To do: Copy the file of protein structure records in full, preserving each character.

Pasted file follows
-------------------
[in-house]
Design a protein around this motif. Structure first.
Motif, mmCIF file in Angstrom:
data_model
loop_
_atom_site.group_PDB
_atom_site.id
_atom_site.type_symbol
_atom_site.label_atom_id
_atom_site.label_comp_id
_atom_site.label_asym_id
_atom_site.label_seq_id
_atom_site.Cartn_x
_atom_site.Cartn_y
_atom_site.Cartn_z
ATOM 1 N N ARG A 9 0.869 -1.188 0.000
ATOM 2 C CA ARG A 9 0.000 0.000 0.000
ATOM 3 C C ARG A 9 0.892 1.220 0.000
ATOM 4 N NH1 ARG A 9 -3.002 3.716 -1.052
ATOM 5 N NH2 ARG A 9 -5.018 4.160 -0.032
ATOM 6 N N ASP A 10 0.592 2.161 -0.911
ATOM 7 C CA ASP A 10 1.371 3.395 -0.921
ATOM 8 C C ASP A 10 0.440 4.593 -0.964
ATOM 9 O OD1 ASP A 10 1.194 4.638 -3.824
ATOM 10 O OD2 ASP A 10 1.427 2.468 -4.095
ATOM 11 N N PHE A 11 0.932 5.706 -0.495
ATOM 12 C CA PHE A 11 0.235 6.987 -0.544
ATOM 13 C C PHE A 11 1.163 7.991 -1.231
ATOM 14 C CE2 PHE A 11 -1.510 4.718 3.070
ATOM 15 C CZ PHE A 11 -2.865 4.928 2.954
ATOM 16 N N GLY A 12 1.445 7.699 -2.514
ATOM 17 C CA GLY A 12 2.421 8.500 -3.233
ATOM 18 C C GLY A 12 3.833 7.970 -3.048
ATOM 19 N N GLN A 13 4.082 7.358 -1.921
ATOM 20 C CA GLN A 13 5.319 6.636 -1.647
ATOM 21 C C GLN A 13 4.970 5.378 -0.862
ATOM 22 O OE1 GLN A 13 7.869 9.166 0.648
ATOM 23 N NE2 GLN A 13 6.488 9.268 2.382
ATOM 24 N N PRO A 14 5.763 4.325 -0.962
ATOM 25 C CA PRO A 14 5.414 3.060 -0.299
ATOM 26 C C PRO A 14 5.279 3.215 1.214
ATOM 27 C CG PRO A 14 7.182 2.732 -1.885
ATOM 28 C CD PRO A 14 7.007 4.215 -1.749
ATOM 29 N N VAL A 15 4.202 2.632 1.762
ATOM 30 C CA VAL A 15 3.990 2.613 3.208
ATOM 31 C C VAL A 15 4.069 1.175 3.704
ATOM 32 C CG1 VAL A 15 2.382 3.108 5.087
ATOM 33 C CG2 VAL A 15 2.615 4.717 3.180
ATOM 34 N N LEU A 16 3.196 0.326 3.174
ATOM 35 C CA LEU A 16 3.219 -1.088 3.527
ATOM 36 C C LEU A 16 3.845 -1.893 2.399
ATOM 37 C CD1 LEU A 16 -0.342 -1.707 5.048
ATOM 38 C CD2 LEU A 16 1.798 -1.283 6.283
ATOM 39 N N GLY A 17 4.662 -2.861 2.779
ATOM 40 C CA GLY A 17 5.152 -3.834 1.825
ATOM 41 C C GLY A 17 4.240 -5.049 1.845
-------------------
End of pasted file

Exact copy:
[in-house]
Design a protein around this motif. Structure first.
Motif, mmCIF file in Angstrom:
data_model
loop_
_atom_site.group_PDB
_atom_site.id
_atom_site.type_symbol
_atom_site.label_atom_id
_atom_site.label_comp_id
_atom_site.label_asym_id
_atom_site.label_seq_id
_atom_site.Cartn_x
_atom_site.Cartn_y
_atom_site.Cartn_z
ATOM 1 N N ARG A 9 0.869 -1.188 0.000
ATOM 2 C CA ARG A 9 0.000 0.000 0.000
ATOM 3 C C ARG A 9 0.892 1.220 0.000
ATOM 4 N NH1 ARG A 9 -3.002 3.716 -1.052
ATOM 5 N NH2 ARG A 9 -5.018 4.160 -0.032
ATOM 6 N N ASP A 10 0.592 2.161 -0.911
ATOM 7 C CA ASP A 10 1.371 3.395 -0.921
ATOM 8 C C ASP A 10 0.440 4.593 -0.964
ATOM 9 O OD1 ASP A 10 1.194 4.638 -3.824
ATOM 10 O OD2 ASP A 10 1.427 2.468 -4.095
ATOM 11 N N PHE A 11 0.932 5.706 -0.495
ATOM 12 C CA PHE A 11 0.235 6.987 -0.544
ATOM 13 C C PHE A 11 1.163 7.991 -1.231
ATOM 14 C CE2 PHE A 11 -1.510 4.718 3.070
ATOM 15 C CZ PHE A 11 -2.865 4.928 2.954
ATOM 16 N N GLY A 12 1.445 7.699 -2.514
ATOM 17 C CA GLY A 12 2.421 8.500 -3.233
ATOM 18 C C GLY A 12 3.833 7.970 -3.048
ATOM 19 N N GLN A 13 4.082 7.358 -1.921
ATOM 20 C CA GLN A 13 5.319 6.636 -1.647
ATOM 21 C C GLN A 13 4.970 5.378 -0.862
ATOM 22 O OE1 GLN A 13 7.869 9.166 0.648
ATOM 23 N NE2 GLN A 13 6.488 9.268 2.382
ATOM 24 N N PRO A 14 5.763 4.325 -0.962
ATOM 25 C CA PRO A 14 5.414 3.060 -0.299
ATOM 26 C C PRO A 14 5.279 3.215 1.214
ATOM 27 C CG PRO A 14 7.182 2.732 -1.885
ATOM 28 C CD PRO A 14 7.007 4.215 -1.749
ATOM 29 N N VAL A 15 4.202 2.632 1.762
ATOM 30 C CA VAL A 15 3.990 2.613 3.208
ATOM 31 C C VAL A 15 4.069 1.175 3.704
ATOM 32 C CG1 VAL A 15 2.382 3.108 5.087
ATOM 33 C CG2 VAL A 15 2.615 4.717 3.180
ATOM 34 N N LEU A 16 3.196 0.326 3.174
ATOM 35 C CA LEU A 16 3.219 -1.088 3.527
ATOM 36 C C LEU A 16 3.845 -1.893 2.399
ATOM 37 C CD1 LEU A 16 -0.342 -1.707 5.048
ATOM 38 C CD2 LEU A 16 1.798 -1.283 6.283
ATOM 39 N N GLY A 17 4.662 -2.861 2.779
ATOM 40 C CA GLY A 17 5.152 -3.834 1.825
ATOM 41 C C GLY A 17 4.240 -5.049 1.845